The day Canadian rapper Tory Lanez had a court appearance in connection to the shooting that injured Megan Thee Stallion also marked the publication of a New York Times op-ed about domestic violence and Black women written by Stallion, whose real name is Megan Pete.By CBSLA Staff

LOS ANGELES (CBSLA) — The same day Canadian rapper Tory Lanez had a court appearance in connection with a shooting that injured Megan Thee Stallion also marked the publication of a New York Times op-ed about domestic violence and Black women written by Stallion, whose real name is Megan Pete.

The 24-year-old Pete was shot while she and Lanez, born Daystar Peterson, were driving in the Hollywood Hills in July.

FILE — Rapper Tory Lanez performs at the Honda Center on Oct. 19, 2019, in Anaheim, Calif. (Getty Images)

Lanez, 28, appeared by phone Tuesday for a hearing in a downtown Los Angeles Superior courtroom. He is charged with one felony count each of assault with a semiautomatic firearm and carrying a loaded, unregistered firearm in a vehicle. He also faces a gun allegation and that he personally inflicted great bodily injury.

The alleged shooting occurred in the early morning hours of July 12 after Lanez and Pete got in an argument while riding in an SUV in the Hollywood Hills, according to the L.A. County District Attorney’s Office.

As Pete was getting out of the vehicle, Lanez allegedly shot at her feet several times, wounding her.

A few days after the shooting, Pete took to social media to disclose that she had suffered gunshot wounds to her feet after attending a pool party in the Hills.

In an editorial that appeared in The New York Times on Tuesday, Pete says Lanez shot her twice.

“I was recently the victim of an act of violence by a man,” she wrote. “After a party, I was shot twice as I walked away from him. We were not in a relationship. Truthfully, I was shocked that I ended up in that place.”

“The issue is even more intense for Black women, who struggle against stereotypes and are seen as angry or threatening when we try to stand up for ourselves and our sisters. There’s not much room for passionate advocacy if you are a Black woman,” Pete continued.

Advocates for abuse survivors note that the transparency of high-profile celebrities like Pete regarding her experiences often encourages other domestic violence survivors to also come forward.

“Oftentimes, when it’s a celebrity, we can put a face on that domestic violence in a different kind of way and she has a platform which also may make it easier for other women to come forward,” Dr. Carolyn West, a Professor of Psychology for the University of Washington said.

According to research about intimate partner and sexual violence, 45% of Black women reported sexual violence, physical aggression and or stalking that was committed by an intimate partner during their lifetime.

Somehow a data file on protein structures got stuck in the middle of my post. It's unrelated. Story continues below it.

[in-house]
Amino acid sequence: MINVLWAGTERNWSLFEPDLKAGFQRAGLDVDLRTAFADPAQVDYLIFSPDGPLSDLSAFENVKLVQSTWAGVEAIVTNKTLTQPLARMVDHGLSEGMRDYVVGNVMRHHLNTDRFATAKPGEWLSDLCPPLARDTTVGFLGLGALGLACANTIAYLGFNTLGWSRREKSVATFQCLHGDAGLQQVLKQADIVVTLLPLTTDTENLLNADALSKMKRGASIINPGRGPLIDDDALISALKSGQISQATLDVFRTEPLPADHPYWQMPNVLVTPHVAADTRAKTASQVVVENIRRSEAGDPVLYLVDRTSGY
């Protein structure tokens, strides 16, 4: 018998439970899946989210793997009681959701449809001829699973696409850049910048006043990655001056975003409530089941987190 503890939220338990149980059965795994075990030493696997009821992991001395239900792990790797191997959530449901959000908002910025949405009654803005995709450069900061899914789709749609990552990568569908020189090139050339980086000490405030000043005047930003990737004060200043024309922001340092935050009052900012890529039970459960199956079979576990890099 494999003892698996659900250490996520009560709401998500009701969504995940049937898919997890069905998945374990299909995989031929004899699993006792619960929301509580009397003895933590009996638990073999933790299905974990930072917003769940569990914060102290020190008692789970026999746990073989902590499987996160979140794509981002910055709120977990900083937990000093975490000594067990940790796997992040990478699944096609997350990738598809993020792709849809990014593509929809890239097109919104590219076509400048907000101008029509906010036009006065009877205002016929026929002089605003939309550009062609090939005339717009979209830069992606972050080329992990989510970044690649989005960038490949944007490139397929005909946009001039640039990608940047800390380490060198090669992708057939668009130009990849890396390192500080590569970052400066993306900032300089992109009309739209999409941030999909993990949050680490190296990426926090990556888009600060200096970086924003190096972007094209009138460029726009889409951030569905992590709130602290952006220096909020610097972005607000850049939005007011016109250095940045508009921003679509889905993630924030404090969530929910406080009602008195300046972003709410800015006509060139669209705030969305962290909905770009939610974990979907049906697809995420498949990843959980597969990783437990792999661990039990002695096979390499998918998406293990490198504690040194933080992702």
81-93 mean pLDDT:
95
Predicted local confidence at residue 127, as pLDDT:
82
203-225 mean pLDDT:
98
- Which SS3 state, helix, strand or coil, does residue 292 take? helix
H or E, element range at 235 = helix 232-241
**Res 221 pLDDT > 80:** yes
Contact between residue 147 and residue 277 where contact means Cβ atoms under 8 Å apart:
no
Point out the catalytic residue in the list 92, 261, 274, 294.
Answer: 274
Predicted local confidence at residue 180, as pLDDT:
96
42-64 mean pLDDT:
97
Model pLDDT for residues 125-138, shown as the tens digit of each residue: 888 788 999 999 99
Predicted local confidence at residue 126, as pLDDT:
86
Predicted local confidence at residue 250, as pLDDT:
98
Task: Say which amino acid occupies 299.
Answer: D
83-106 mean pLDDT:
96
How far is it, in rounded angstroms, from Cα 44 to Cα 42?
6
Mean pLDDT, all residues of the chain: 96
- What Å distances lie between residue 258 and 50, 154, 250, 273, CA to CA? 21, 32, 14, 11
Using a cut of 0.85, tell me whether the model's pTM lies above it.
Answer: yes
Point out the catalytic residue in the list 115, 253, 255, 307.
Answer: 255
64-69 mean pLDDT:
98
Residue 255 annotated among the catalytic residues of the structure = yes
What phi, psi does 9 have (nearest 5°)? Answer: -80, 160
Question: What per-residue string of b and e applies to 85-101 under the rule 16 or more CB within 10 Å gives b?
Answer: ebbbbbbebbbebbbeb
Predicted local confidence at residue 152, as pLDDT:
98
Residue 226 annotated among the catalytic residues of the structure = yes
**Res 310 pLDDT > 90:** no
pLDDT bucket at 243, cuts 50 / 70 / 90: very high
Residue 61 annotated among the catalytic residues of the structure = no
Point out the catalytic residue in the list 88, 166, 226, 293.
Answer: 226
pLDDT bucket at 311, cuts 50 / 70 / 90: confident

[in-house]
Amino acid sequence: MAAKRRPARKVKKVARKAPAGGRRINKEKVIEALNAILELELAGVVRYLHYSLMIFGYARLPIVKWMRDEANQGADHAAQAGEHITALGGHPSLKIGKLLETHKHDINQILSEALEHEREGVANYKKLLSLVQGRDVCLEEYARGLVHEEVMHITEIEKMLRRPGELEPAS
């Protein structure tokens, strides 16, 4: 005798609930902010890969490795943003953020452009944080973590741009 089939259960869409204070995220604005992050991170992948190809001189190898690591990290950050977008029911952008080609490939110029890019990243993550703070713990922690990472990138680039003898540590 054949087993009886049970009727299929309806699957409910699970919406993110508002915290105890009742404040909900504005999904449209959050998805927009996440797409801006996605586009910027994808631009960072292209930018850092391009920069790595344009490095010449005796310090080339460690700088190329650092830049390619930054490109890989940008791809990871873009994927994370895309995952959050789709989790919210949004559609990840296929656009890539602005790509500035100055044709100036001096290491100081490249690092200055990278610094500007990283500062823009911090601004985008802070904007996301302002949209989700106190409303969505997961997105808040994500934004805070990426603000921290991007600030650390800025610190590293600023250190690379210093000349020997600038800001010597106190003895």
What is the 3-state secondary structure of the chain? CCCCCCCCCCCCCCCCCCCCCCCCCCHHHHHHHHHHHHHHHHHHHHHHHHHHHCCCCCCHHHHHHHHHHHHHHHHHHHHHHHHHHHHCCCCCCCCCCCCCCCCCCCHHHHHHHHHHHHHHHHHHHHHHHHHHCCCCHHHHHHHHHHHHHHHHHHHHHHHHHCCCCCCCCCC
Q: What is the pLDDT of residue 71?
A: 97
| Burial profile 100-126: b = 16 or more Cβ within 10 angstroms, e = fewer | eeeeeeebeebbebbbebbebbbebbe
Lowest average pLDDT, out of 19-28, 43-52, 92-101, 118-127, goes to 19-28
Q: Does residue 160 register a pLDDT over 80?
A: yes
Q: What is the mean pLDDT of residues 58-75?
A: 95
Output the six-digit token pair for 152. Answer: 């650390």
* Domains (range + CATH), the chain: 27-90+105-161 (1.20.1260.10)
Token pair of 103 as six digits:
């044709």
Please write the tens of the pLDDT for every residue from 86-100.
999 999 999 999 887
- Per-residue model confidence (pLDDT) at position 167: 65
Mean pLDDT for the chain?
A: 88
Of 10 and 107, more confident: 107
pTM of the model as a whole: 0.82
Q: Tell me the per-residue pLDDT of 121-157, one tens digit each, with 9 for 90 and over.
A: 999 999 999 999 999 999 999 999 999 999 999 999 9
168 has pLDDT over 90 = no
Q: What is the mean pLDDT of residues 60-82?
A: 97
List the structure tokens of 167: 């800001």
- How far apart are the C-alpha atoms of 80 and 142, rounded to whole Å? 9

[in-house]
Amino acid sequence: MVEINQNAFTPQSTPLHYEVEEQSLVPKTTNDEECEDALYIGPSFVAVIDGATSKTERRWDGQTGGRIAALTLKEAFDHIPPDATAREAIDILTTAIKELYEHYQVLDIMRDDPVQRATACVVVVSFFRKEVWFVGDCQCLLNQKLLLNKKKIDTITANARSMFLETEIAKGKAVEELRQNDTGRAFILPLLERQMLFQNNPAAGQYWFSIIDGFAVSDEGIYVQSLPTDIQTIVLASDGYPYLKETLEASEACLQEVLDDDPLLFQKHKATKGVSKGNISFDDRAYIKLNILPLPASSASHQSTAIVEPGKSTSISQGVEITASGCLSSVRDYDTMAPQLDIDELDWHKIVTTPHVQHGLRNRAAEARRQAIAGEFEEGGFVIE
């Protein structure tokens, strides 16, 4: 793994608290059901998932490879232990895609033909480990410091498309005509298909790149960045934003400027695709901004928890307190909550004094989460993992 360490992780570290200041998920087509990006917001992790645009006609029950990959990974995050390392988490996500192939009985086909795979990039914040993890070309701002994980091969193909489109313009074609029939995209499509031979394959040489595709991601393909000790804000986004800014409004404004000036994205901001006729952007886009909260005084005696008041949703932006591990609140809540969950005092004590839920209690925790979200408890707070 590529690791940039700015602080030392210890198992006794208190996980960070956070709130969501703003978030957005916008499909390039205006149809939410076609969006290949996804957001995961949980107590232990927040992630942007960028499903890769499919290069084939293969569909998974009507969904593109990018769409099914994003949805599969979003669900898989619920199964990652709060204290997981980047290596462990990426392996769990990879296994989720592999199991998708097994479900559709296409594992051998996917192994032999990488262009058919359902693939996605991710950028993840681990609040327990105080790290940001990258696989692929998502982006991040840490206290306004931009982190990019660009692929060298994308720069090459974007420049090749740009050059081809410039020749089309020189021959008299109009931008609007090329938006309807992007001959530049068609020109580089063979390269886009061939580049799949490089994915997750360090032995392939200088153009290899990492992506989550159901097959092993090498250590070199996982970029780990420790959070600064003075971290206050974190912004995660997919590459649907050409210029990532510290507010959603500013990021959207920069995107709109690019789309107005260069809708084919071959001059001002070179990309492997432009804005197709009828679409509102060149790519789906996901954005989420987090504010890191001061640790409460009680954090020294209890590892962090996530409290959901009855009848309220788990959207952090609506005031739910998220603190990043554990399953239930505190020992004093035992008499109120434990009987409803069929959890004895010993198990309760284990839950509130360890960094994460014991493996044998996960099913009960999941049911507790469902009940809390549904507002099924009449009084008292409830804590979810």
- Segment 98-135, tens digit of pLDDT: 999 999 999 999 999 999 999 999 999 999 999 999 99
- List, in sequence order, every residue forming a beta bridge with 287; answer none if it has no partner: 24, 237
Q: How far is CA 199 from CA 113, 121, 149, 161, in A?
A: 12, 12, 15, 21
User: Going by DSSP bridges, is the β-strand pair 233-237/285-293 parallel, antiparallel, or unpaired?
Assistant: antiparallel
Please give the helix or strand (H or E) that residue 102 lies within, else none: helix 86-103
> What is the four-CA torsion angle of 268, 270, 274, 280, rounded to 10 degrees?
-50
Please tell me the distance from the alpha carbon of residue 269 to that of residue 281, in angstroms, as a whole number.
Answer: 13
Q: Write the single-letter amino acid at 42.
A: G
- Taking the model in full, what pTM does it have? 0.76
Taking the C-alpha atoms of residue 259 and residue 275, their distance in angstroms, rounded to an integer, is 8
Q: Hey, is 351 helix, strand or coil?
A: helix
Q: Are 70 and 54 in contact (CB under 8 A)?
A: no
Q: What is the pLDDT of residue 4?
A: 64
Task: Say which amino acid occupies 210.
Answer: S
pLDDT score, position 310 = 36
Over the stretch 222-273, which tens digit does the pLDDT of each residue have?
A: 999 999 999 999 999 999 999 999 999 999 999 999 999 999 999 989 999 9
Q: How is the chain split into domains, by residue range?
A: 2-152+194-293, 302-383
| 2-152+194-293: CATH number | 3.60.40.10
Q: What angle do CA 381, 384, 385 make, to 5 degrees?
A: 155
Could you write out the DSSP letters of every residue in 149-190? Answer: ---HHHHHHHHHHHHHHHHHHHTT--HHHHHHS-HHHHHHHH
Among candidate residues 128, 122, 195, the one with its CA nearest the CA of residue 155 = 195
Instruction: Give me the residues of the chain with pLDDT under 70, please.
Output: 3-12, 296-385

“It’s not that they are inherently more violent,” Dr. West said. “Oftentimes, due to social structural factors, poverty, just life challenges that put them at higher risk.”

Pete says those societal disparities are exactly why she is devoted to fighting back and standing up for others.

She has been getting a lot of praise for her response, with an Instagram comment from Tina Knowles, mother of singer Beyonce, saying she is proud of Pete for “speaking up for sisters who don’t have a voice.”

FILE — Megan Thee Stallion speaks onstage during Beautycon Festival at the L.A. Convention Center on Aug. 11, 2019 (Getty Images)

L.A. County Sheriff’s Department inmate records show that Lanez was arrested at 4:40 a.m. on the day of the shooting.

Prosecutors brought charges against Lanez on Oct. 8. The following day he took to Twitter, telling his two million followers, “The truth will come to light…I have all faith in God to show that…love to all my fans and people that have stayed true to me & know my heart…A charge is not a conviction. If you have supported me or meg thru this, I genuinely appreciate u.”

Lanez faces a maximum sentence of 22 years and eight months in state prison if convicted as charged.

He was ordered by the judge to stay away from Pete until his arraignment, which is scheduled for Nov. 18.

Seeking Help

The National Domestic Violence Hotline provides essential tools and support to help survivors of domestic violence.

Free, confidential help is available 365/24/7 by calling 1-800-799-7233 (SAFE) or visiting TheHotline.org.

If you have concerns that your internet usage might be monitored by an abusive partner, opt to call instead of visiting the website and remember to clear your browser history after visiting this website. Click the “X” or “Escape” button at any time to leave TheHotline.org immediately.

(© Copyright 2020 CBS Broadcasting Inc. All Rights Reserved. City News Service contributed to this report.)

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